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05-30-2012 05:37 PM  6 years agoPost 1
Kos

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Athens, Greece

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I recently built a new Trex 700 Nitro Pro kit which was immediately converted to helibug gasser , using a TRM 270TT engine….everything went fine with the breaking-in of the engine, according to the manual…after the first gallon (breaking-in), I attempted to raise head speed above 1200-1300rpm, which I used during breakin-in….to my surprise, above 1350rpms, the heli develops extensive fuel foaming and kind-of rotary-like vibrations, the short of one gets when the clutch is misaligned, ie in the main body of the heli…i tried to raise the rpm more, hoping that I may overcome it, but its getting worse as the rpms are increasing, seems like the heli ll explode above 1500-1600….
It cant be:
- Main shaft (new)
- Blades (balanced)
- Grip tightening (ckecked)
- Paddles (checked)
- Trackibg (checked)
- Clutch and bell positions are fixed (not slotted, so I cant experiment on that)
Has anyone experienced something similar??? Any suggestions?? I am running out of ideas… Thanx in advance…

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05-30-2012 06:08 PM  6 years agoPost 2
Rototerrier

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Fayetteville, GA - USA

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The sloshing in the tank is, unfortunately, normal for this conversion.

It doesn't matter much what engine you use, the fuel in the tank is going to slosh around. What you will usually encounter is sloshing and foaming at only certain fuel levels. I actually find that my fuel usually levels out after I burn a half tank. Above a half tank and it's swirling and foaming pretty badly.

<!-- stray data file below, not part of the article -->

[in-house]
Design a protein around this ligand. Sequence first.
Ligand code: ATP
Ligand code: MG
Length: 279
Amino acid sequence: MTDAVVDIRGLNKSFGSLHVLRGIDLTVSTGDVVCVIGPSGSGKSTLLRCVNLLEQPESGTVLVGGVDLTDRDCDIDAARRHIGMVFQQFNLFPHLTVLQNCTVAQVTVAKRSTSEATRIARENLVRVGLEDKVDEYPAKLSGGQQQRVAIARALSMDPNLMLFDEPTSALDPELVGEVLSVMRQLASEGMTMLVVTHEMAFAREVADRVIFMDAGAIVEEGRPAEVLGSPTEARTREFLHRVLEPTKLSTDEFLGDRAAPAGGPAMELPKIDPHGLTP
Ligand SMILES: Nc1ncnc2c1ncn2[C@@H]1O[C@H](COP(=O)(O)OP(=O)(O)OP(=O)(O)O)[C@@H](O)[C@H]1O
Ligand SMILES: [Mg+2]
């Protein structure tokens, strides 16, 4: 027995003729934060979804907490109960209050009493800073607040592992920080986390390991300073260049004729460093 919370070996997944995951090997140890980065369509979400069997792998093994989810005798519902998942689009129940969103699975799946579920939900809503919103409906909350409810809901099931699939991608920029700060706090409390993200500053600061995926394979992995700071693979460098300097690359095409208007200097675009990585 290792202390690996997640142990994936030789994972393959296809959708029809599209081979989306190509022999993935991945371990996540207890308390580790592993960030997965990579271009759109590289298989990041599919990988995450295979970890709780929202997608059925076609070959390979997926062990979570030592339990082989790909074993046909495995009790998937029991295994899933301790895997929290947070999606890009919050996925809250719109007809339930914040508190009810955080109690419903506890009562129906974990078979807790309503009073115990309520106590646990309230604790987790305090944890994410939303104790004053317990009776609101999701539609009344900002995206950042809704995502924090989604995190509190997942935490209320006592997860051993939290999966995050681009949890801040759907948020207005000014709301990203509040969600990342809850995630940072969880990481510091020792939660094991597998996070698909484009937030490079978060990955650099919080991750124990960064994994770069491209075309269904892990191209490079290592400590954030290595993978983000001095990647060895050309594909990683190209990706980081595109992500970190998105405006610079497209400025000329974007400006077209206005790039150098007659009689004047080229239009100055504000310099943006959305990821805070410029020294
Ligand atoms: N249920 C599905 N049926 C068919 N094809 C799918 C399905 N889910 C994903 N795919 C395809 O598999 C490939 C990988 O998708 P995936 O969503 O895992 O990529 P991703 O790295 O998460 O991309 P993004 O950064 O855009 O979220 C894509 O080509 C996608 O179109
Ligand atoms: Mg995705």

I have also discovered that as the performance/power of the engine increases...so do the vibrations.

I had a stock G270 that would be perfectly smooth throughout the entire tank.

Running the Toxic 270TT and even the Hanson 29 Max, both churn the fuel.

For me, the important indicator is the tail fin and skids. When my skids aren't shaking and my tail fin is stationary, I am happy.

Despite what anyone tries to say, there is no 100% vibration free gasser. This particular model gets a lot of attention in this area because of the position and visibility of the fuel tank. By moving the fuel tank up under the nose and far away from the engine, you eliminate the swirling and therefor models in those configurations are typically deemed to be "smoother" or "Vibration Free".

I have also found that these modified engines have a sweet spot. They must be tuned almost perfectly and run at whatever RPM makes them perfectly happy. Anything outside of that is going to be rougher.

I have spent a lot of time, money, and patience trying to get the smoothest heli possible and these are my findings.

In regards to the engine, what does your plug look like? From your description, I almost suspect you are still running rich. But, don't go leaning out the needles before reading the plug. Is it wet, brown gummy, milk chocolate looking? Or is it light gray and whitish? Light gray with very little brown color is going to indicate it's lean. If its totally gummed up and dark brown, then it's too rich.

Check out this link to a plug chart for a rough idea of what you are looking for. http://www.4secondsflat.com/plug_chart.html

A couple things you can try with the Kit: